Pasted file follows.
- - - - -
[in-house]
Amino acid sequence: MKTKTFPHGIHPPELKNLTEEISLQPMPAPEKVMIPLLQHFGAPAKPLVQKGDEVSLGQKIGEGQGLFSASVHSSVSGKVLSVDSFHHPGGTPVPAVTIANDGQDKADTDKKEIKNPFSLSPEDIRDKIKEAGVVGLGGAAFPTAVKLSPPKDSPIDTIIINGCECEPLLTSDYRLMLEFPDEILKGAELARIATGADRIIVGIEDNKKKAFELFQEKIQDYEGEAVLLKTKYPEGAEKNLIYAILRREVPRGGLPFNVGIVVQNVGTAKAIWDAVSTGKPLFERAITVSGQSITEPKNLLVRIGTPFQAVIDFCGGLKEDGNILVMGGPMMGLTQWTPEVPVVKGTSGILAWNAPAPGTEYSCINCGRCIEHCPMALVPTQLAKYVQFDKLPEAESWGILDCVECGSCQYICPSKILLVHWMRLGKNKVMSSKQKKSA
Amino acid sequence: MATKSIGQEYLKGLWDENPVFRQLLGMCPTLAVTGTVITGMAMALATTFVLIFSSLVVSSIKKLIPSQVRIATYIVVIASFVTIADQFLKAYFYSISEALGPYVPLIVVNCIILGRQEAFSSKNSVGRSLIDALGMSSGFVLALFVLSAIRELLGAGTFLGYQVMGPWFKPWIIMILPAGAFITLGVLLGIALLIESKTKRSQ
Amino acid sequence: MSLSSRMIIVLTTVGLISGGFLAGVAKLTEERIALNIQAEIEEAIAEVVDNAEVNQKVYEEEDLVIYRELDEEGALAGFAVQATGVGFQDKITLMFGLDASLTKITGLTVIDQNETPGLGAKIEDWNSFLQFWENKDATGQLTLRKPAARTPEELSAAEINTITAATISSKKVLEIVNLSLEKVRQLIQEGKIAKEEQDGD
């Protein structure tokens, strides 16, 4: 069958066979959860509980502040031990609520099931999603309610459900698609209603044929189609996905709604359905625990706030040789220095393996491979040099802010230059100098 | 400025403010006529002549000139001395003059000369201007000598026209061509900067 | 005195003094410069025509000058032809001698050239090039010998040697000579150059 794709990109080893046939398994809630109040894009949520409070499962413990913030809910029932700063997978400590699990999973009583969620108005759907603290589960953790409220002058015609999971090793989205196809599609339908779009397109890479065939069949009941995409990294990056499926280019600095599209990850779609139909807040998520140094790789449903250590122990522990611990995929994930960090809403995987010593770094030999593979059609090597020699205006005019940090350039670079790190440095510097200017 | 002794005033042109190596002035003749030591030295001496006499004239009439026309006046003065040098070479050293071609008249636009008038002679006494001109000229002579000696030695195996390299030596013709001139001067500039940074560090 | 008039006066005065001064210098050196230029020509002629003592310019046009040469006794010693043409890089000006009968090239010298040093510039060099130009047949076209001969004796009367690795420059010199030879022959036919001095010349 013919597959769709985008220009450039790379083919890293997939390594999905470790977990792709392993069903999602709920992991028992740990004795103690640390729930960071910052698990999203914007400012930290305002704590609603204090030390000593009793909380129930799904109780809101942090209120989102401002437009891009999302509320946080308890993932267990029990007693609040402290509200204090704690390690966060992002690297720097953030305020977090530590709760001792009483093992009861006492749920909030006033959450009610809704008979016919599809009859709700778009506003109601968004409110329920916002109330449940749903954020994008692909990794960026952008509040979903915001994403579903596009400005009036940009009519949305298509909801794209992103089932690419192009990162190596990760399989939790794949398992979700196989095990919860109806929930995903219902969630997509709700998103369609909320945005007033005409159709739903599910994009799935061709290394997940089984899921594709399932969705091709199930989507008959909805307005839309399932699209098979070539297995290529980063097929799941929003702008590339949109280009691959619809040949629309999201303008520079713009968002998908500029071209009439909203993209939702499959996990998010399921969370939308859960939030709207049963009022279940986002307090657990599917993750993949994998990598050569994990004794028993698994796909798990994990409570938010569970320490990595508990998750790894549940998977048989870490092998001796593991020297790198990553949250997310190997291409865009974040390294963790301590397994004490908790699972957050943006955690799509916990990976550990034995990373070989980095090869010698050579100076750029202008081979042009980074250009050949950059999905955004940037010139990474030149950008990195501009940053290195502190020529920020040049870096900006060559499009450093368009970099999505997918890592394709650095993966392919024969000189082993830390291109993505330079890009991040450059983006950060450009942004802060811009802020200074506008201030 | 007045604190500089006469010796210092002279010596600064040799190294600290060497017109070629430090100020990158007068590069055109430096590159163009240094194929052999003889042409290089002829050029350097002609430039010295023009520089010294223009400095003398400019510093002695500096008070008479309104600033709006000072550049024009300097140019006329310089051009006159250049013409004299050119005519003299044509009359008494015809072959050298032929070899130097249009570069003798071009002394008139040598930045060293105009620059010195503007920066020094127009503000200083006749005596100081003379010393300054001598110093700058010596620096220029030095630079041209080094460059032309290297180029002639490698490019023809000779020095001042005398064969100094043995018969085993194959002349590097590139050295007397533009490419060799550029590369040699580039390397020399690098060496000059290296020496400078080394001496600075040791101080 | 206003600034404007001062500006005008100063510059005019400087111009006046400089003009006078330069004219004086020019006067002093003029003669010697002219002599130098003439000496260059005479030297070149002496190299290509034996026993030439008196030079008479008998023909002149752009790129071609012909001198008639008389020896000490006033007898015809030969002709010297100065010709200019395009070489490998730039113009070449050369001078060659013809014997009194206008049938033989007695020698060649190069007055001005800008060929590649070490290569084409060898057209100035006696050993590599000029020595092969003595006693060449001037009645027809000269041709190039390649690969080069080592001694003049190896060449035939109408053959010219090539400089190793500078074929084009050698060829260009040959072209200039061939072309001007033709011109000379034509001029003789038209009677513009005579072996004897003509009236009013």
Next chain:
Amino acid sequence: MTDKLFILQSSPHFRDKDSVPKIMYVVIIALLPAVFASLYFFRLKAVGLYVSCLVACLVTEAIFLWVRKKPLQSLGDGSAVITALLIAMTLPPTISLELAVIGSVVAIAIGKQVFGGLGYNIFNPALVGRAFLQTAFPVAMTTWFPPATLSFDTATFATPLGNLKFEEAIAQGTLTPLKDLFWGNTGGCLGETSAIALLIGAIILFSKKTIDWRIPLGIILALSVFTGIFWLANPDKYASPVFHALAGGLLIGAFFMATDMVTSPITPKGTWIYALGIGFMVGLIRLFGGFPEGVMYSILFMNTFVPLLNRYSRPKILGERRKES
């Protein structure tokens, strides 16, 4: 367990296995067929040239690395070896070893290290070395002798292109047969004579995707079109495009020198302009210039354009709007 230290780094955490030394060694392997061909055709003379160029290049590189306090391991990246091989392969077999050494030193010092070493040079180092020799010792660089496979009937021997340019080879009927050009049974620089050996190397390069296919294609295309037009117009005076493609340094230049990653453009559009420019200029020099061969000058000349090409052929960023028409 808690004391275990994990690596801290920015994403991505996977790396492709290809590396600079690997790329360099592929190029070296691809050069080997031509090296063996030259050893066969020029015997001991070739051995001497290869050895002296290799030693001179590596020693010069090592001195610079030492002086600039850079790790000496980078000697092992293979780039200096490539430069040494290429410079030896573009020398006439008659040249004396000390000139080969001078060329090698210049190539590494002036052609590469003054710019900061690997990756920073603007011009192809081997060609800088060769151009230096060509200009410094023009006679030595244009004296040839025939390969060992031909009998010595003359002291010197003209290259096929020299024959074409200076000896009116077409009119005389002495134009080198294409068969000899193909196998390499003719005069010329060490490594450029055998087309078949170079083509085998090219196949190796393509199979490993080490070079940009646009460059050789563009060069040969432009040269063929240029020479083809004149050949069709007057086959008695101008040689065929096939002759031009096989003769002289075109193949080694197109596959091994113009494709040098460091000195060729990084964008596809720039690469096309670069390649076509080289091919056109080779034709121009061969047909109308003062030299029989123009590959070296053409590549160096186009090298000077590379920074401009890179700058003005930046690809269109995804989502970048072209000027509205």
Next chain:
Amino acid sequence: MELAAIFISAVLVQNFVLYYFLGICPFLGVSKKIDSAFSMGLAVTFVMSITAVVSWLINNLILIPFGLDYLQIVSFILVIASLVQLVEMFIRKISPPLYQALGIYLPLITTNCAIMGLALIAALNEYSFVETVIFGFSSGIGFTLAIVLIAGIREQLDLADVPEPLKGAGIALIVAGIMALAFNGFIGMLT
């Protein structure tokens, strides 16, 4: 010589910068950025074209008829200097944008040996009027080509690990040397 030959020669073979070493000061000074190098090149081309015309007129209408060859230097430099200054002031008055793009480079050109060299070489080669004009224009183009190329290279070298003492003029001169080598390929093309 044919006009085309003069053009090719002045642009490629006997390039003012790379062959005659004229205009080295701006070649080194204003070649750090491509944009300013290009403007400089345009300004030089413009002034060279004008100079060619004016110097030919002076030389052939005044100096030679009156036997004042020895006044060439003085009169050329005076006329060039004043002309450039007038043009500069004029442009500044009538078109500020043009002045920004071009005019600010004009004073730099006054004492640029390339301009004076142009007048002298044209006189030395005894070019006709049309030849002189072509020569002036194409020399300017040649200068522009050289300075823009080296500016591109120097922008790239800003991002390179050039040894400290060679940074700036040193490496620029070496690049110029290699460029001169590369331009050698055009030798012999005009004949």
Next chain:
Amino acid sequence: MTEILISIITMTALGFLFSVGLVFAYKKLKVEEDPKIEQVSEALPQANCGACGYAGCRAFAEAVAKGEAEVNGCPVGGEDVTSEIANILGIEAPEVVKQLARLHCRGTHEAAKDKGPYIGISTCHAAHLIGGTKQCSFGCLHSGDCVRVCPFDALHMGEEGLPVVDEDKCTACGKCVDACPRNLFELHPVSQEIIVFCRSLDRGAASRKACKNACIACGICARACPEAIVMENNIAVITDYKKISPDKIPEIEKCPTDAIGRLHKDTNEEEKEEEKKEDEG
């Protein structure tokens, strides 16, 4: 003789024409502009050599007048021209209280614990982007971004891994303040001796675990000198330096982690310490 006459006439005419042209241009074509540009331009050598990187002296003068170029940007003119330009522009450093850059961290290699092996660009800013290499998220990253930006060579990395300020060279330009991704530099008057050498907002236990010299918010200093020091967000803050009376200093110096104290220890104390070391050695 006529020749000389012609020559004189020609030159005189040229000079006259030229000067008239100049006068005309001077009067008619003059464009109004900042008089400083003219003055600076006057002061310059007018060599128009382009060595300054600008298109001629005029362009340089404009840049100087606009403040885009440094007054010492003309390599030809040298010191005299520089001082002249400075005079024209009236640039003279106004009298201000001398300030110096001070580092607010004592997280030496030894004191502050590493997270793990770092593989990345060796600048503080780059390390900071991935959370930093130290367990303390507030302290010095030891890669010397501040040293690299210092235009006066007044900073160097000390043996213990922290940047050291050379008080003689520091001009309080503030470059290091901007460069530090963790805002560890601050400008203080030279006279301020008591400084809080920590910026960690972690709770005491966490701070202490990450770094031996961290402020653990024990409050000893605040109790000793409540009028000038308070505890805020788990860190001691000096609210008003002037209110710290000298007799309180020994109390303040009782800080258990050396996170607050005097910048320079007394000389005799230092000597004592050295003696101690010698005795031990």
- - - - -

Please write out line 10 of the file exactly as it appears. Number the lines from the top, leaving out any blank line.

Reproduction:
Amino acid sequence: MELAAIFISAVLVQNFVLYYFLGICPFLGVSKKIDSAFSMGLAVTFVMSITAVVSWLINNLILIPFGLDYLQIVSFILVIASLVQLVEMFIRKISPPLYQALGIYLPLITTNCAIMGLALIAALNEYSFVETVIFGFSSGIGFTLAIVLIAGIREQLDLADVPEPLKGAGIALIVAGIMALAFNGFIGMLT